Diocesan Schools Fire Up E-Learning Practices Amid Coronavirus Closures
By Lynne Conner, Observer Correspondent
March 19, 2020
ROCKFORD—Just hours before Illinois governor J.B. Pritzker closed all Illinois public and private schools in response to the COVID-19 pandemic, Bishop David Malloy and the Rockford Diocese Education Office released a statement closing Catholic elementary and high schools through March 30. 
 
For diocesan schools this closure automatically put into place an e-learning and other distance learning contingency plans. In addition to having complete lessons online, schools also have packets for parents to pick up at school.
 
At Holy Family School and Boylan Central Catholic High School in Rockford, students were advised to bring home all necessary learning materials — books, binders and notebooks — on March 13 at the end of school in preparation for e-learning during the week of March 16-20. 
 
Holy Family parents were notified by principal Corine Gendron that the school would be open on March 16 during specific times so parents could pick up any books or materials their children would need for e-learning. 
 
Gendron provided parents with an online form to complete so specific books and binders could be requested from students’ lockers. 
 
School staff collected items from student lockers and organized them on tables to streamline the pick-up process. Neither parents nor students were able to access classrooms, hallways or lockers. 
 
Holy Family school teachers began posting online assignments March 16 with various due dates outlined. Teachers were also available from 9 a.m. to 3 p.m. each day of the week via email to answer students’ questions.
 
Amy Ott, president of Boylan Central Catholic High School, emailed a letter to parents on  March 13 outlining the school’s response to the COVID-19 situation. 
 
In the letter, she said only students needing books from their lockers would be able to access the school March 16 during set times. 
 
March 16 and 17 would function as institute days for teachers while e-learning assignments would be posted  March 18 through March 20.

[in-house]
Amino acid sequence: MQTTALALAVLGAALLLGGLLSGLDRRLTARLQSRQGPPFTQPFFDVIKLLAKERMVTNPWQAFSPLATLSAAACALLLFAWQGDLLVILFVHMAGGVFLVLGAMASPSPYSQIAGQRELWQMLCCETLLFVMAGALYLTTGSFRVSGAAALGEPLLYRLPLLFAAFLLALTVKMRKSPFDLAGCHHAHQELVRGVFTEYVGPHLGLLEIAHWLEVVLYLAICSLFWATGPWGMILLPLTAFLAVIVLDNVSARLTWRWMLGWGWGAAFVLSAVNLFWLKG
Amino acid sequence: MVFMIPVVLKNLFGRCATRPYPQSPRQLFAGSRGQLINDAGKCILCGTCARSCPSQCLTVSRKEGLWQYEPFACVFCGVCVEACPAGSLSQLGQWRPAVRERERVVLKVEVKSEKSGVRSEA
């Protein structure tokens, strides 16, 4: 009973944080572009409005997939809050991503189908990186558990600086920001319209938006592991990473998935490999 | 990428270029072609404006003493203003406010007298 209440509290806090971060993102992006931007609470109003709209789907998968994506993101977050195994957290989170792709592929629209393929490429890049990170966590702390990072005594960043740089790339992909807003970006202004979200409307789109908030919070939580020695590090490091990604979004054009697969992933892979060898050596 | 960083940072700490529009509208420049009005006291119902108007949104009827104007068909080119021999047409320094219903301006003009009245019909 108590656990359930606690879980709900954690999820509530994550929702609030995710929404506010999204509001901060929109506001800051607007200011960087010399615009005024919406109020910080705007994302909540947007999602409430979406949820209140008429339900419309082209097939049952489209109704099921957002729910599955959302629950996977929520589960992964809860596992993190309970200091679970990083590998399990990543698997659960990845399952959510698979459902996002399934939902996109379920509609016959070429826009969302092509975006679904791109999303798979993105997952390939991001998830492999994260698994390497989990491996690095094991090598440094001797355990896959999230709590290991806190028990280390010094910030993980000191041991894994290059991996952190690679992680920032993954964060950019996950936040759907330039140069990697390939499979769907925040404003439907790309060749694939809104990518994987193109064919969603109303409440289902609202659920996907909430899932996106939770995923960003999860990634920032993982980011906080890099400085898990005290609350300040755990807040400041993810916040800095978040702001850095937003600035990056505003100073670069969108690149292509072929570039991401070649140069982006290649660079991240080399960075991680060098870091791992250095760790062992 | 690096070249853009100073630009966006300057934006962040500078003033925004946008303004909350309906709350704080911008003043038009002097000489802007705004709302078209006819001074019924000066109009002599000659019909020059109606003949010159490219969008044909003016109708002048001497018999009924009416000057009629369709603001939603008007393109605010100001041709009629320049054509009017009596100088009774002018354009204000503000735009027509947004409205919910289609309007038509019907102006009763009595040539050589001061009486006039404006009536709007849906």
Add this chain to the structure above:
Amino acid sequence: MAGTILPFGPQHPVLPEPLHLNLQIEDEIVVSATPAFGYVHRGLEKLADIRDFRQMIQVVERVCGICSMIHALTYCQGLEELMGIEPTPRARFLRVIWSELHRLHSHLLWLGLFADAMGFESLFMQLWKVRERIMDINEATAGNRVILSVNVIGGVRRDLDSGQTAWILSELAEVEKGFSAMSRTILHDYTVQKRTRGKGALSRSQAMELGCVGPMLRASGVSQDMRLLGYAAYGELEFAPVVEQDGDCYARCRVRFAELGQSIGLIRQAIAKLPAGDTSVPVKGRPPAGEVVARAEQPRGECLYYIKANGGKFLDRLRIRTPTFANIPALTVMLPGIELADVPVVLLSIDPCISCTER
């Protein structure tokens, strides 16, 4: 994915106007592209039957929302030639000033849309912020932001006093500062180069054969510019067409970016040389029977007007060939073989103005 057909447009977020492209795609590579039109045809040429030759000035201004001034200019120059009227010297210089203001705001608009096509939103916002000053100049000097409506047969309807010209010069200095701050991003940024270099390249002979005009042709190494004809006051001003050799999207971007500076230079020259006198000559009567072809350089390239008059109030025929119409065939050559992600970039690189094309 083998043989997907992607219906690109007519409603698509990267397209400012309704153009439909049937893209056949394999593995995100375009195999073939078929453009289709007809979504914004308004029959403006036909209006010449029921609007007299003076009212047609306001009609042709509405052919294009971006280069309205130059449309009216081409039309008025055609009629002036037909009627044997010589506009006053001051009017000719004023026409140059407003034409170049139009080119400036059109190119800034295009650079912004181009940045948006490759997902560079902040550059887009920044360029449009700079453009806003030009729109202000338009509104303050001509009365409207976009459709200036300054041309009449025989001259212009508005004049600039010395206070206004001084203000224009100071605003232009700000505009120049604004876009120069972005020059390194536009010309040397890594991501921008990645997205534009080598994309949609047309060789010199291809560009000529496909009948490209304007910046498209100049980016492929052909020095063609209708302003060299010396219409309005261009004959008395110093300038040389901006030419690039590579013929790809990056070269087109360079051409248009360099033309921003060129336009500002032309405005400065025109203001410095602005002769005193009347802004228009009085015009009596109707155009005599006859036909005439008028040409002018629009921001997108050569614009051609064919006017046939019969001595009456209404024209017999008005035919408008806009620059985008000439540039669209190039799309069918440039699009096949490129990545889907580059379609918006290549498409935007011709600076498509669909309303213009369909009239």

Both Holy Family and Boylan CCHS will be on spring break during the week of March 22-29 and assignments will be posted at that time. 
 
On March 30,  e-learning begins again at both schools. 
 
Similar activities rolled out at all the diocesan schools this week.
 
Learning can go on
 
“Distance learning can be very effective it it’s set up well,” said Vito DeFrisco, assistant superintendent of schools for the diocese. He says the many online resources available to teachers allow them to be “very creative in designing lesson plans.”
 
The education office has three key goals for parents to keep in mind during alternative and e-learning days. They are: 
 
– To minimize the disruption to academic progress caused with emergency school closures by making those out-of-school days as educationally productive and engaging as possible. 
 
– To allow students an opportunity to practice the kind of online learning that is increasingly part of both college study and workplace training. 
 
– To maximize the use of technology as a tool for independent study. 
 
DeFrisco says the diocese realizes not everyone has the same access to the internet. During previous snow days, the most frequent use for distance learning, he has “asked principals to provide packets so students can do the work and return them for ... grading.”
 
That option is available at all the diocesan schools, not just Holy Family and Boylan.
 
But one key element of distance learning in the diocese is that it will be graded.
 
The Illinois State Board of Education has said in this unusual circumstance, that online and distance projects may not be graded.
 
“We’re going to grade ours. We want this to be more than busy work,” DeFrisco adds.
 
He said Elizabeth Heitkamp, also an assistant superintendent for diocesan schools, has found a number of online resources for teachers to help them plan online lessons.
 
Self-quarantines required after trips
 
A letter from the Catholic Education Office emailed to parents asked anyone who planned to travel outside the continental U.S. during spring breaks to tell their school administrators. 
 
On the first day of their return home, families were to “place yourself on a 14-day self-quarantine ... .  This is important because you will not be allowed to return to school until that period of time has elapsed.”
 
The Education Office also acknowledged that, as “…this is an ever-evolving situation, there may be more information and directives that will be communicated to you through School Speak (online Catholic school forum), parishes, social media, and the diocesan website ... .” 
 
They also asked for prayers for all affected by this situation.
 
— Sharon Boehlefeld contributed to this story